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User Experience Research: Class Outline

Many students have asked what User Experience Research will cover, and how it differs from User Experience I. So, we’ve posted the class outline below. Led by Thomas Dillmann, it’s an important tool in your UX toolbelt.

User Experience Research

Thursdays, 7-10pm

6/26 – 9/4

Class Purpose:  This class will prepare you to conduct, analyze and moderate various usability testing techniques and social research methods so that you can assess the user experience of a product and understand the needs of your target audience. This class will teach a practical skill set with hands on training. The class is intended for user experience students who need to apply testing techniques in order to improve the product they are designing. The class will focus on those testing techniques that aid user experience.

Class Goal:  Testing provides actionable data. Testing is the bases for data driven decisions and removes the bias of an expert opinion or stakeholder opinions and refocus the product on the needs and feedback of the end user. Testing is at the corner of user experience, through testing we get close to the user needs and are able to hear from them directly so that we can improve the experience to meet their needs.

Class Approach:  Usability testing and marketing research is best learned through application. The class will provide short instruction and focus on the direct practice and application texting techniques. In particular it is important to know how to to use various testing techniques in conjunction to achieve a data supported conclusion. We will be using real world applications and website as testing candidates. We will be hearing from a series of guest speakers that are experts in each of the testing techniques.

Class Topics:  Techniques that will be discussed, practiced and applied include:

10 Usability Heuristics – Nielsen  How to Design Test Questions

How to gather a case accurate participant samples

How to recruit participants

How to reward participants

How to extract the answers you need without leading the participant

What is a statistically relevant sample

How to design a testable prototype – what do you real need for a valid test

How to write a testing report

How to draw conclusions from test results

How to make sure you do not pollute your test results

How to make sure you do not make incorrect inferences from your test results

How to assure your internal stakeholders support the test results  Testing Techniques: Focus Group Testing

How to set up Focus Group Testing  Focus Group Formats

Focus Group Moderation Techniques Card Sorting Test

Usability Testing of Prototypes (In Person and Remote)

How to design Quantitive Surveys (When & How to Use them)

Ethnographic Research (Day in the Life) Social Media Mining  A/B Testing – Types, How To, When to use, When not to Use MVP – Testing your way to a finish product – Iterate  Individual

Class Structure:

Each class will review two –  three topics and then apply those topics to a case study in class. The students will then apply the same techniques to a personal project for their weekly assignment.  Requirement: Students should have completed UX I.  Each student will need to have a personal user experience project pre-built that can be tested and modified in class. A exit portfolio project from UX I would be sufficient or they can ask a UX II student if they can use their project for testing purposes.  Readings: Each class will have a set of internet articles to read. Companion books will be suggested but not required for reading.  For example: Why You Only Need to Test with 5 Users by JAKOB NIELSEN on March 19, 2000 Class Capstone Project:  The class will conclude with a formal in person prototype testing scenario of at least three participants conducted by the students. The student will be responsible for recruiting, conducting, recording, and writing the testing report from the test. The student will present their findings and excerpt of the recording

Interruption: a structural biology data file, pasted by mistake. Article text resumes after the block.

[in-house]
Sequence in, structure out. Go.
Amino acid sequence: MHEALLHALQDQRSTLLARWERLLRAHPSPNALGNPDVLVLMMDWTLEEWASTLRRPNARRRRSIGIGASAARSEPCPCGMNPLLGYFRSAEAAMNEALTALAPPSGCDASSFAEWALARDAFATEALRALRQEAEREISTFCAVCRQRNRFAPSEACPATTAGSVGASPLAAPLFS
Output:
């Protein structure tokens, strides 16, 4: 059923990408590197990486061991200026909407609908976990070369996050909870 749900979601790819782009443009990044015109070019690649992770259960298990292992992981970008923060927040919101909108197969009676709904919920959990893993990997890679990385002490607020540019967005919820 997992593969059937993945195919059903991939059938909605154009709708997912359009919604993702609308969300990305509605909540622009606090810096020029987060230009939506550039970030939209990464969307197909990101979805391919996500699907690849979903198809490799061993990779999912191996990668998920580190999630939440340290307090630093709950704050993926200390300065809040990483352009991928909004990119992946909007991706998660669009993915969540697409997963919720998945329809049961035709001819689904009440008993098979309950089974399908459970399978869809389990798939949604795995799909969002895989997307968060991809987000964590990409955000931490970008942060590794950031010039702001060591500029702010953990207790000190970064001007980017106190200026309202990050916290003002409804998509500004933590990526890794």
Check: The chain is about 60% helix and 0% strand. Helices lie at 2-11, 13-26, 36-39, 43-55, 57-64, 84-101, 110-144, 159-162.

UCLA Extension Class in Rangefinder Magazine

Jim Cornfield recently spent some time visiting Richard Langendorf’s Shooting Like the Masters: A History of Photography, then wrote about the class and its students for Rangefinder magazine. It’s a great article that showcases a lot of wonderful student work (from some very challenging projects).

Kudos to Richard and all of the students for their hard work and beautiful results! It’s a unique class offering, so we’re glad to see it get recognition in print.

Check out the article here: RF_Masters_Feb 2013 copy

The Strange World of Eric Gill


Are you a fan of the font Gill Sans? How much do you know about the artist behind it? 

Controversial British artist Eric Gill has a number of engravings, typography and writings housed at the Laband Art Gallery. Offered in partnership with Loyola Marymount University, the class The Sensual and the Spiritual: Eric Gill’s Life and Work presents a lecture on the artist’s unusual lifestyle and personality, followed by a tour where students can view his work firsthand.

The class is led by Carolyn Peter, director and curator of the gallery. It’s a great chance to get the inside scoop on this unusual and influential artist.


(images: Eric Gill, “Thou Hast Made Me,” from The Holy Sonnets of John Donne, 1938, The Albert Spierson Collection, University of San Francisco. Eric Gill, “The Lord’s Song,” from The Lord’s Song, 1934, he Albert Spierson Collection, University of San Francisco).


Student Work: Pauline Batista

You may not know that in addition to our regular courses, we also offer a mentorship option, for students who have a specific project in mind and would like one-on-one time with an instructor to get individualized guidance and feedback. Students can pick an instructor they have studied with before, or whose work they admire. They spend six hours with their mentor over the course of the quarter.

Recently, photography student Pauline Batista completed a mentorship with instructor Roxann Arwen Mills. Pauline was kind enough to share some of her work and thoughts on the mentorship process.

Why did you decide to do this mentorship?

It was crucial to me to have someone’s input on my work that I could trust. The only way in my mind to do so was to find someone whose work I respected and who I thought would be able to understand where I was coming from.